Fifty years ago, thousands of whimsical music lovers mustered in fields, experiencing the soulful sounds of Janis Joplin, Jimi Hendrix and other timeless artists.
Half-a-century later, a South Philadelphia-based music ensemble is reviving the setlist – and a slightly smaller version – of what would become the most legendary music festival of all time.
On Saturday, Aug. 24, the South Philly Acoustic Jam, an organization of local amateur musicians stemming from various experiences and expertise, will host their Woodstock Tribute event at Old Swedes Church, 916 S. Swanson St., from 2 to 5 p.m.
The “musical mashup” is being presented in partnership with Musicopia, a local organization providing “equitable access to music programming for youth attending under-resourced schools” around the Philadelphia area.
Coupled with an instrument donation drive led by Musicopia, the event, organizers say, is not so much a concert but rather a campfire-style gathering to relish in the rock-and-roll sounds of the 1960s – much like Woodstock itself.
“I imagine a lot of people collecting at a campfire situation where people have instruments and sing,” said Bella Vista resident Ed Kaminski, South Philly Acoustic Jam organizer. “We are trying to, in a way, have no difference between people who are musicians and people who come to hear the music. We see an event where everybody will sing or play if they so desire.”
Over the last year, the South Philly Acoustic Jam, a 350-member group founded in 2015 that runs out of Settlement Music School in Queen Village, has been compiling its own songbook of the iconic music played at Woodstock.
South Philly Acoustic Jam, which fosters a space for musicians who don’t intend to make income through music but still desire to play, will have the now-published song books placed on tables at the event for the public to pick up and follow along during performances.
“There’s a lot of people in this group that know these songs pretty well,” Kaminski said. “There are some people in the group who went to Woodstock, as well.”
While celebrating the music of the past, the event prepares music-making for future generations.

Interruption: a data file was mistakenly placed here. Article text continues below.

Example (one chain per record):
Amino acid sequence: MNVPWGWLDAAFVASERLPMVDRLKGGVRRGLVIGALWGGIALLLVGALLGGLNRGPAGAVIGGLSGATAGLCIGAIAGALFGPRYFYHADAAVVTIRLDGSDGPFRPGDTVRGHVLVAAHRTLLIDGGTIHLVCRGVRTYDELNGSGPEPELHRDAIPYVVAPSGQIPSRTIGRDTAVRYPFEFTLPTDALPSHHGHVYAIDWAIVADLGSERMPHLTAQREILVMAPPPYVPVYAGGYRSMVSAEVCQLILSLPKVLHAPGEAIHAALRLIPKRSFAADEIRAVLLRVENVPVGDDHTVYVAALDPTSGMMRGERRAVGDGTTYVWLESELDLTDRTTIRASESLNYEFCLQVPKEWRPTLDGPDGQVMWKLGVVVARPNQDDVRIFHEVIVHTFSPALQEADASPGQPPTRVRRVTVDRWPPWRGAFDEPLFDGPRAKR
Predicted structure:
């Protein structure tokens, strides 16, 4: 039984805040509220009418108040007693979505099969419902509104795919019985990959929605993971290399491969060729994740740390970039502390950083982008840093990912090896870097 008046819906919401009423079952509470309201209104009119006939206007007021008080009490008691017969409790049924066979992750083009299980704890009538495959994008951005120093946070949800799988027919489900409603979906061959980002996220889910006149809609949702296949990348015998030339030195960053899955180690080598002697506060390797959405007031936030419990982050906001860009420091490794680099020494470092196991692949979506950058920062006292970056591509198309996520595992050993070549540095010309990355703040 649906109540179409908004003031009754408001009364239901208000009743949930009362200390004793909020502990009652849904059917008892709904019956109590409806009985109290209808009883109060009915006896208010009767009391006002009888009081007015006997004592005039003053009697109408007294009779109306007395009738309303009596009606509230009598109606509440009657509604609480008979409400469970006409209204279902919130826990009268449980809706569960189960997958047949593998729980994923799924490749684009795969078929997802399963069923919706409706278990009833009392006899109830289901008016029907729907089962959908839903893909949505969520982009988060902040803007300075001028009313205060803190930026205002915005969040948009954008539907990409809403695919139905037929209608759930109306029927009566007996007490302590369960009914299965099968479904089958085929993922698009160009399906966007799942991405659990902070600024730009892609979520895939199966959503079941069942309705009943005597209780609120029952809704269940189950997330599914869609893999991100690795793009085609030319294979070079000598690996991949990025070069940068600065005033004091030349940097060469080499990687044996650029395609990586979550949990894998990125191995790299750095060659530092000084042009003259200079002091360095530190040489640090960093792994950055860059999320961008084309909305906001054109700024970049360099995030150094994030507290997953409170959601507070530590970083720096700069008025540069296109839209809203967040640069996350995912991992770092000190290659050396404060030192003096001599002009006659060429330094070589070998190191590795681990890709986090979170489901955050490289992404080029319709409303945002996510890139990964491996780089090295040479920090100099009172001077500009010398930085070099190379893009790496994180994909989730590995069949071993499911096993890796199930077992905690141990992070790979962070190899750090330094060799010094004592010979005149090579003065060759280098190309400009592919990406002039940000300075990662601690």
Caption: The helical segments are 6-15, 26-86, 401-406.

Seeking like-minded individuals, Musicopia’s mission aligns with some of South Philly Acoustic Jam’s objectives, particularly its emphasis on the community’s access to the performing arts.
Since 1974, Musicopia has been providing opportunities for students to experience music through a scope of programs, including school-based workshops, partnerships with Philadelphia Music Alliance for Youth, Musicopia’s own ensembles and the instrument donation charity – the highlight of the Woodstock Tribute.
For Musicopia, the collaboration with South Philly Acoustic Jam was a natural marriage.
“There’s this obvious answer of the instruments but then there’s something that’s intangible,” said Denise Kinney, executive director of Musicopia. “The reason we’re able to help so many kids is that we know so many people…there’s things that come out of those introductions.”
During the event, musicians are encouraged to donate any gently used band and orchestral instruments in “playable and good cosmetic” condition, which will eventually wind up in the hands of students across the region.
Musicopia has collected more than 4,000 instruments over the last decade, according to its website.
Just this year, more than 600 instruments were collected, according to Alecia Burke, Musicopia’s Gift of Music Instrument donation manager.
“We rarely get to meet the people giving the instruments, so this is a great opportunity,” she said. “It’s like Christmas, birthdays, New Year’s – every special holiday. Kids are just amazed and so excited.”
Burke says, at the event, she’s particularly looking forward to learning the backstories of the instruments being handed down to budding musicians.
Transcending generations and backgrounds, the Woodstock Tribute is intended to cultivate a sense of collaborative performance, encouraging ordinarily solo musicians to integrate with one another regardless of their age or skill set.
“I think, as a society, there’s this isolation our world is creating,” Kinney said. “And music is one of the few bridges.”
The event, which will include food and beverages, suits the programming of Old Swedes Church, which also strives to deliver music to the South Philadelphia community.
In making the event possible, the organizers express gratitude to Kris Rudzinski, who is director of Settlement Music School – Queen Village, Paula and Jim Minacci, who are managers of Sexton Sideshow Group at Old Swedes Church and the Rev. Patricia Cashman, who is pastor of Old Swedes Church.
Inviting the masses back to the summer of 1969, all are welcome to contribute to the Woodstock festivities by bringing along their own instruments and vocals.
“Think about Woodstock – the audience was just as important to the story of Woodstock as the performances…I think our goal is just for people to have a good time,” Kaminski said. “People who remember Woodstock, they kind of have this whimsical remembrance of a more innocent time. I think we’d like to capture a little bit of that again at this event.”
If you would like more information about the tribute or if you want to join the fun, register on Eventbrite here.
Should you want to join the South Philly Acoustic Jam and/or register as a musician for the Woodstock Tribute, go to Meetup and register here.